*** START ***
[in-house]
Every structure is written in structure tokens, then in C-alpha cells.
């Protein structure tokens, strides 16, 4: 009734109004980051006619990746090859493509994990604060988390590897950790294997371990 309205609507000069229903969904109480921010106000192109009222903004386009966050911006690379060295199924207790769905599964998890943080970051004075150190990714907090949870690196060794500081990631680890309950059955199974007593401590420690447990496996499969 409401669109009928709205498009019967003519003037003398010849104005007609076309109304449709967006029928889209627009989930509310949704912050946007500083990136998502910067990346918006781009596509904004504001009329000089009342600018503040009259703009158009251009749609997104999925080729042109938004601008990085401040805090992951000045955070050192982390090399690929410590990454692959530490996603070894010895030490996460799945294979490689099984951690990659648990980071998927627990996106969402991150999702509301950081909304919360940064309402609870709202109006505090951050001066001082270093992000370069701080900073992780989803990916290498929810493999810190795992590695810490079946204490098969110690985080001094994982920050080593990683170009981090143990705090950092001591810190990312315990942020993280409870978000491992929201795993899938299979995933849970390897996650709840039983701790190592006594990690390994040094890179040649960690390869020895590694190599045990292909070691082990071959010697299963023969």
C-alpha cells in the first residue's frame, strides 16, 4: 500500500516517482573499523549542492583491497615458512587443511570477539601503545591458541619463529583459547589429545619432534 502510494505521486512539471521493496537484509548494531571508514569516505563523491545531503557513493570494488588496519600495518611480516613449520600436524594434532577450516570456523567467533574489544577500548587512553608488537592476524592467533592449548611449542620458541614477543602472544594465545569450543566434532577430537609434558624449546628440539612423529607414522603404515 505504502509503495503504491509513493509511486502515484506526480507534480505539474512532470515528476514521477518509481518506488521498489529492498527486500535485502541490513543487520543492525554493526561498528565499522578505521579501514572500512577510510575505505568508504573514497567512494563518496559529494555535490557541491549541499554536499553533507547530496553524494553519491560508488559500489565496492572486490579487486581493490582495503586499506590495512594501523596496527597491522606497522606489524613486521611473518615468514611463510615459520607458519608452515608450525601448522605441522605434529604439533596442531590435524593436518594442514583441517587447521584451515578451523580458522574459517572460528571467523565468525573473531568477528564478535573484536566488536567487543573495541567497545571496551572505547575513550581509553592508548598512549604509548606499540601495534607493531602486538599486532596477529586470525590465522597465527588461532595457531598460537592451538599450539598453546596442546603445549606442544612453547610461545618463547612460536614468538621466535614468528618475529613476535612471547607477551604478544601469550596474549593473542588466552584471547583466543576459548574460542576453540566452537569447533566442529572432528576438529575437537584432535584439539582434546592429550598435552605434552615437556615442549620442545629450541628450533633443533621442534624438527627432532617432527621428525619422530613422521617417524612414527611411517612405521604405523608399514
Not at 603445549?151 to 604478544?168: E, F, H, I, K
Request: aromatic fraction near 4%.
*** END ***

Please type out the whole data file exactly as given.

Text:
[in-house]
Every structure is written in structure tokens, then in C-alpha cells.
């Protein structure tokens, strides 16, 4: 009734109004980051006619990746090859493509994990604060988390590897950790294997371990 309205609507000069229903969904109480921010106000192109009222903004386009966050911006690379060295199924207790769905599964998890943080970051004075150190990714907090949870690196060794500081990631680890309950059955199974007593401590420690447990496996499969 409401669109009928709205498009019967003519003037003398010849104005007609076309109304449709967006029928889209627009989930509310949704912050946007500083990136998502910067990346918006781009596509904004504001009329000089009342600018503040009259703009158009251009749609997104999925080729042109938004601008990085401040805090992951000045955070050192982390090399690929410590990454692959530490996603070894010895030490996460799945294979490689099984951690990659648990980071998927627990996106969402991150999702509301950081909304919360940064309402609870709202109006505090951050001066001082270093992000370069701080900073992780989803990916290498929810493999810190795992590695810490079946204490098969110690985080001094994982920050080593990683170009981090143990705090950092001591810190990312315990942020993280409870978000491992929201795993899938299979995933849970390897996650709840039983701790190592006594990690390994040094890179040649960690390869020895590694190599045990292909070691082990071959010697299963023969």
C-alpha cells in the first residue's frame, strides 16, 4: 500500500516517482573499523549542492583491497615458512587443511570477539601503545591458541619463529583459547589429545619432534 502510494505521486512539471521493496537484509548494531571508514569516505563523491545531503557513493570494488588496519600495518611480516613449520600436524594434532577450516570456523567467533574489544577500548587512553608488537592476524592467533592449548611449542620458541614477543602472544594465545569450543566434532577430537609434558624449546628440539612423529607414522603404515 505504502509503495503504491509513493509511486502515484506526480507534480505539474512532470515528476514521477518509481518506488521498489529492498527486500535485502541490513543487520543492525554493526561498528565499522578505521579501514572500512577510510575505505568508504573514497567512494563518496559529494555535490557541491549541499554536499553533507547530496553524494553519491560508488559500489565496492572486490579487486581493490582495503586499506590495512594501523596496527597491522606497522606489524613486521611473518615468514611463510615459520607458519608452515608450525601448522605441522605434529604439533596442531590435524593436518594442514583441517587447521584451515578451523580458522574459517572460528571467523565468525573473531568477528564478535573484536566488536567487543573495541567497545571496551572505547575513550581509553592508548598512549604509548606499540601495534607493531602486538599486532596477529586470525590465522597465527588461532595457531598460537592451538599450539598453546596442546603445549606442544612453547610461545618463547612460536614468538621466535614468528618475529613476535612471547607477551604478544601469550596474549593473542588466552584471547583466543576459548574460542576453540566452537569447533566442529572432528576438529575437537584432535584439539582434546592429550598435552605434552615437556615442549620442545629450541628450533633443533621442534624438527627432532617432527621428525619422530613422521617417524612414527611411517612405521604405523608399514
Not at 603445549?151 to 604478544?168: E, F, H, I, K
Request: aromatic fraction near 4%.